“At this moment there was a confused murmur within the tent, and a voice said: ‘Who’s there?’
“Norman answered, ‘It’s Norman—Norman who was in the “Proteus."’
“This was followed by cries of ‘Oh, it’s Norman,’ and a sound like a feeble cheer.
“Meanwhile one of the relief party, who in his agitation and excitement was crying like a child, was down on his knees trying to roll away the stones that held the flapping tent-cloth.... Colwell called for a knife, cut a slit in the tent-cover, and looked in. It was a sight horror. On one side, close to the opening, with his face toward the opening, lay what was apparently a dead man. His jaw had dropped, his eyes were open, but fixed and glassy, his limbs were motionless. On the opposite side was a poor fellow, alive to be sure, but without hands or feet, and with a spoon tied to the stump of his right arm. Two others, seated on the ground in the middle, had just got down a rubber bottle that hung on the tent pole, and were pouring from it into a tin can. Directly opposite, on his hands and knees, was a dark man, with a long matted beard, in a dirty and tattered dressing-gown, with a little red tattered skull-cap on his head, and brilliant, staring eyes. As Colwell appeared he raised himself a little and put on a pair of eye-glasses.
“‘Who are you?’ asked Colwell.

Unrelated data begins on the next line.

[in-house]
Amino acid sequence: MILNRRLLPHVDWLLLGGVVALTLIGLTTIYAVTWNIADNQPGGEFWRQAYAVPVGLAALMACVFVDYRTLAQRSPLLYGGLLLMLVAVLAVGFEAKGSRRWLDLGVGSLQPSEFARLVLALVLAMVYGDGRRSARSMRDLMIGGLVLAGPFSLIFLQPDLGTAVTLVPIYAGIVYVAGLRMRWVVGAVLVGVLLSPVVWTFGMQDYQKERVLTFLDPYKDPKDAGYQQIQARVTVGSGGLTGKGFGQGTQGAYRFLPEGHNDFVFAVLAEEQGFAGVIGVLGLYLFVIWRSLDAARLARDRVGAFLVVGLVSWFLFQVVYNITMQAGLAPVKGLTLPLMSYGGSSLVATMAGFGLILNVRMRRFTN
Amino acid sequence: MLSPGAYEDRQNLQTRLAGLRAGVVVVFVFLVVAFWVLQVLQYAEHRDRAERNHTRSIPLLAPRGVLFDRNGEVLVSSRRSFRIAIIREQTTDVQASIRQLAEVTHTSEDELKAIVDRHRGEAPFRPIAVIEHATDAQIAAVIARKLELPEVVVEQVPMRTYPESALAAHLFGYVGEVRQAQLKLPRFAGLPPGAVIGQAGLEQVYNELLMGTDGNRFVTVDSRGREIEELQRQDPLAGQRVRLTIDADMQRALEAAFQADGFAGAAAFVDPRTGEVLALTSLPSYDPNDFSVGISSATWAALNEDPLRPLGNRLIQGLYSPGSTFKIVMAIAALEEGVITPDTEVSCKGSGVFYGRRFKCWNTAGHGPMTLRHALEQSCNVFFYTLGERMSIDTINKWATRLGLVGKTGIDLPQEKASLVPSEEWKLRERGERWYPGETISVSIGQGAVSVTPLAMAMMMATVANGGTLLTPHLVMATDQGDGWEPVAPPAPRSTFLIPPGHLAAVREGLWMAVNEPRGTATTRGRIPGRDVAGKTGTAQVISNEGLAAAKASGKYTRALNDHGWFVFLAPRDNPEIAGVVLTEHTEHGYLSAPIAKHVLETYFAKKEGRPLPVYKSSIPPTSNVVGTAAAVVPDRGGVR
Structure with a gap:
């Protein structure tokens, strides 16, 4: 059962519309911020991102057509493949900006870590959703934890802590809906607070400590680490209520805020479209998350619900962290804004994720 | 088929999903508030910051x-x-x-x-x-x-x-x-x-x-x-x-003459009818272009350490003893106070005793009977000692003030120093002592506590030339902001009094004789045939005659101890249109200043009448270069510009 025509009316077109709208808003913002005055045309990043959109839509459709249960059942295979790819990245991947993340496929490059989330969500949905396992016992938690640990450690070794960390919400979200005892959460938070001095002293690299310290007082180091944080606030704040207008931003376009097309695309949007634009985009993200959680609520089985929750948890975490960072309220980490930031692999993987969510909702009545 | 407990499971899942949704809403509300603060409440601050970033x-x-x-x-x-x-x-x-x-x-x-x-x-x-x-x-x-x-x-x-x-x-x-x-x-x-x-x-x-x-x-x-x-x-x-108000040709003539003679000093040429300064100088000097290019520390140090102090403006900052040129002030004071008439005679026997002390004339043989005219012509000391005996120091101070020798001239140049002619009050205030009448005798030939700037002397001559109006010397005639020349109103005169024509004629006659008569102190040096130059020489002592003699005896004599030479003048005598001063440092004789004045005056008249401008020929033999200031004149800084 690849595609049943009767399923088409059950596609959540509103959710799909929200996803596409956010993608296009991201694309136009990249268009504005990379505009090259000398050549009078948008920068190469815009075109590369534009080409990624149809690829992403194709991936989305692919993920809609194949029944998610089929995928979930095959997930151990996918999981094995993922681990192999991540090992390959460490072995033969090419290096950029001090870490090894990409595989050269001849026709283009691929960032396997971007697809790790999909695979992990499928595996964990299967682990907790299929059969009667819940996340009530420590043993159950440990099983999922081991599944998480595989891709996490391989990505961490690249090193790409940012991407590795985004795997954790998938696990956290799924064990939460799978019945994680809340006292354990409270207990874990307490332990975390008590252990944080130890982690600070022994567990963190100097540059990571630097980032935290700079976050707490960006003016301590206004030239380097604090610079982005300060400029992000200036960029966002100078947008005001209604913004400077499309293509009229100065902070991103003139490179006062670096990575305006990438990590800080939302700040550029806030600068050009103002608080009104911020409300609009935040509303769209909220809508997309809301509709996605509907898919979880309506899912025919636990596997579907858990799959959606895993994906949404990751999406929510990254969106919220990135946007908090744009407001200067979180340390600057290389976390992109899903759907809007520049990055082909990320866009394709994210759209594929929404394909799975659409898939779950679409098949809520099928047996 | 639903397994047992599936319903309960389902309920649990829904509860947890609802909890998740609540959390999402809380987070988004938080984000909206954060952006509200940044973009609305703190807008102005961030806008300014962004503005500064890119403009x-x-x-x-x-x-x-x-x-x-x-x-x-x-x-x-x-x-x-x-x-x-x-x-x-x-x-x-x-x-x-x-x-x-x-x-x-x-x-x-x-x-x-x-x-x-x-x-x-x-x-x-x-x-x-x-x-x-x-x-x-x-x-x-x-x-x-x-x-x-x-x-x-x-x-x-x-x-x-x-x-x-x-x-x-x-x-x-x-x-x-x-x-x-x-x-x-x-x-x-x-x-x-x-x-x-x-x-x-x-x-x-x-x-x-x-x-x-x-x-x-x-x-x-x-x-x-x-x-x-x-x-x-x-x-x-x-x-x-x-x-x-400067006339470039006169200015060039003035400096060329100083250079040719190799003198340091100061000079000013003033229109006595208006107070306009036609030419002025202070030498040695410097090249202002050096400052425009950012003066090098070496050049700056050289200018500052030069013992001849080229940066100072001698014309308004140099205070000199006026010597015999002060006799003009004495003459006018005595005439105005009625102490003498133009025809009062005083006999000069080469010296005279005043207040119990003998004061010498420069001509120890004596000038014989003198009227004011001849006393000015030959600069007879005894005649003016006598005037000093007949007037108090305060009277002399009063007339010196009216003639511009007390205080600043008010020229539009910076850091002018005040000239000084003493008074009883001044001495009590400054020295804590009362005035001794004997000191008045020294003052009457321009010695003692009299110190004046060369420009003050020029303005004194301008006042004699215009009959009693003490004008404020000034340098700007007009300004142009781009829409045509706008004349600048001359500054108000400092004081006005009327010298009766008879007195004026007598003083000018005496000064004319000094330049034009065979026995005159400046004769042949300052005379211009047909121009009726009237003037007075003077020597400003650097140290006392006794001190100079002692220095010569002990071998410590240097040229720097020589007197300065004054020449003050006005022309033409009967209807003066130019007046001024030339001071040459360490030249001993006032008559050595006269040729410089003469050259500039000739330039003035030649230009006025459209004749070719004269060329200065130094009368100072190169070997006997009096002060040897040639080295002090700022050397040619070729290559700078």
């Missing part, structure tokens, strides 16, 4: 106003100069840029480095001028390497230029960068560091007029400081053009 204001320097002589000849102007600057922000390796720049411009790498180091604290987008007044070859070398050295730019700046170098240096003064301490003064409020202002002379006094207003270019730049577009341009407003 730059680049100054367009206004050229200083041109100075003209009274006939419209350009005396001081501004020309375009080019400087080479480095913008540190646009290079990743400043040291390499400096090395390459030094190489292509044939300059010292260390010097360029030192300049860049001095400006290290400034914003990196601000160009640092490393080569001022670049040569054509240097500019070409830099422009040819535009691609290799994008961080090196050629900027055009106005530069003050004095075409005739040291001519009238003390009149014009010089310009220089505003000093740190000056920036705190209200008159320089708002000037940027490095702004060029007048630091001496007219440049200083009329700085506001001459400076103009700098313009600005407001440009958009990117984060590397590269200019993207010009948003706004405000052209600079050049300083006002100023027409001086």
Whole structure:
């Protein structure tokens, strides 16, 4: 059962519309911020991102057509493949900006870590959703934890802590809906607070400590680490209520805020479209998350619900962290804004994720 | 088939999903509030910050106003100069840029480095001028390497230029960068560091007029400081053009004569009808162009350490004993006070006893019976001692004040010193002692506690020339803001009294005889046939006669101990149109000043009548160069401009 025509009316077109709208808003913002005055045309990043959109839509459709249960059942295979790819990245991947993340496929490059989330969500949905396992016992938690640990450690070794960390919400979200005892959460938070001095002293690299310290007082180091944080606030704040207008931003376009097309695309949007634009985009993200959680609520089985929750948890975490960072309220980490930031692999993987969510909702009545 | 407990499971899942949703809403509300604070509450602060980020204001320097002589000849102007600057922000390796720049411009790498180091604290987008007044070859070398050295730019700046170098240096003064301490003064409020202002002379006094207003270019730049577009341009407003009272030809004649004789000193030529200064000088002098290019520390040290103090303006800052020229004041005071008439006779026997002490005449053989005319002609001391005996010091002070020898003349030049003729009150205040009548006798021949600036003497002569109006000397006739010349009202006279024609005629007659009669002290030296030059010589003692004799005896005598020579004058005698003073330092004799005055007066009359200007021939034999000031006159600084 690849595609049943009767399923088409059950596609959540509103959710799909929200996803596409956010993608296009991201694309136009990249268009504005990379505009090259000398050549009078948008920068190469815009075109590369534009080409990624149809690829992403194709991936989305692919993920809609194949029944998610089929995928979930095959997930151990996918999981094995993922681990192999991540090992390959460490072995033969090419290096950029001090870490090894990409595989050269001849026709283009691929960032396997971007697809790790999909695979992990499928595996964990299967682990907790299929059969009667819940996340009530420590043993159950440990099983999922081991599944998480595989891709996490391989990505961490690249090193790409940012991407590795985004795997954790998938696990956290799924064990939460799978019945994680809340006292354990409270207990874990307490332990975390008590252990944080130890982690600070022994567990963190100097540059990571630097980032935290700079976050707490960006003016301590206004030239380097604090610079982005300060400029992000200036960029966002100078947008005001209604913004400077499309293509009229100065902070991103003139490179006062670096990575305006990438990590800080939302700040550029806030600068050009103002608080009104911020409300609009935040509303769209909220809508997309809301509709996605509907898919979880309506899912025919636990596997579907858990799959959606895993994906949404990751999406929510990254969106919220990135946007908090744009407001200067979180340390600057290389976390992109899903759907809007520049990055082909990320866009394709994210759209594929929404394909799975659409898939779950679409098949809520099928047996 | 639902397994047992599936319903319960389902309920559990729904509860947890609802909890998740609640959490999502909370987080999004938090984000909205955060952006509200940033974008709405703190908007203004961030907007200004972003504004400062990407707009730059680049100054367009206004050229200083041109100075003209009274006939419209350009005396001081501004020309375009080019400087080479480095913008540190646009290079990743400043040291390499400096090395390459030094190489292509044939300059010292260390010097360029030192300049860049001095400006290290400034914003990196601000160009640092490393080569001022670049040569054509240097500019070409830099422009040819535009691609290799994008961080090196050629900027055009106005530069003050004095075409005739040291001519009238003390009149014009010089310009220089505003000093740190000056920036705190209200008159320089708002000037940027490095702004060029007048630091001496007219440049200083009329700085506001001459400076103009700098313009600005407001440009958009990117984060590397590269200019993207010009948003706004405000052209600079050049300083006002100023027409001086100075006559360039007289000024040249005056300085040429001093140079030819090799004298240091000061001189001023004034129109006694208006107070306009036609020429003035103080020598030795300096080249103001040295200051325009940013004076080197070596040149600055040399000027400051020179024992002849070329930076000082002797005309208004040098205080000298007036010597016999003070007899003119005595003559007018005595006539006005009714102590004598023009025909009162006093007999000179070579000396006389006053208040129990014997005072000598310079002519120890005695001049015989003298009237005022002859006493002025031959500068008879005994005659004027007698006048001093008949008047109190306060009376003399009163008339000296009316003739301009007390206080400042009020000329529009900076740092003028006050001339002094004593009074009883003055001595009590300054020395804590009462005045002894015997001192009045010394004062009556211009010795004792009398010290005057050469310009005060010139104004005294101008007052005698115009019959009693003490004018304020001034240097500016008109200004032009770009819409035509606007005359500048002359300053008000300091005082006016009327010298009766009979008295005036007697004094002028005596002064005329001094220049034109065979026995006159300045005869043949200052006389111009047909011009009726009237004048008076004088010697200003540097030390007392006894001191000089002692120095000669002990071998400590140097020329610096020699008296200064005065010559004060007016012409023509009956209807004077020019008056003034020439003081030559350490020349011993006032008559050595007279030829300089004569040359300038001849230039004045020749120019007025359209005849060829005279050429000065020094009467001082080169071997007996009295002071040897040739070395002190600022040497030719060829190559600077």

“The man made no reply, staring at him vacantly.
“‘Who are you?’ again.
“One of the men spoke up. ’That’s the Major—Major Greely.”
“Colwell crawled in and took him by the hand, saying: ’Greely, is this you?’
“‘Yes,’ said Greely in a faint voice, hesitating and shuffling with his words, ’yes—seven of us left—here we are—dying—like men. Did what I came to do—beat the best record.’
“Then he fell back exhausted.”
Slowly and cautiously the men were nursed back to life and health—all save poor Ellison, whose enfeebled constitution could not stand the shock of the necessary amputation of his mutilated limbs. The nine bodies buried in the shallow graves were exhumed and taken to the ship, Private Henry’s body being found lying where it fell at the moment of his execution. At that time the castaways were too feeble to give even hasty sepulture to their dead. A horrible circumstance, reported by Commander Schley himself, was that the flesh of many of the bodies was cut from the bones—by whom, and for what end of cannibalism, can only be conjectured.
Following the disaster to the Greely expedition, came a period of lethargy in polar exploration, and when the work was taken up again, it was in ways foreign to the purpose of this book. Foreigners for a time led in activity, and in 1895 Fridjof Nansen in his drifting ship, the “Fram,” attained the then farthest North, latitude 86 deg. 14’, while Rudolph Andree, in 1897, put to the test the desperate expedient of setting out for the Pole in a balloon from Dane’s Island, Spitzbergen; but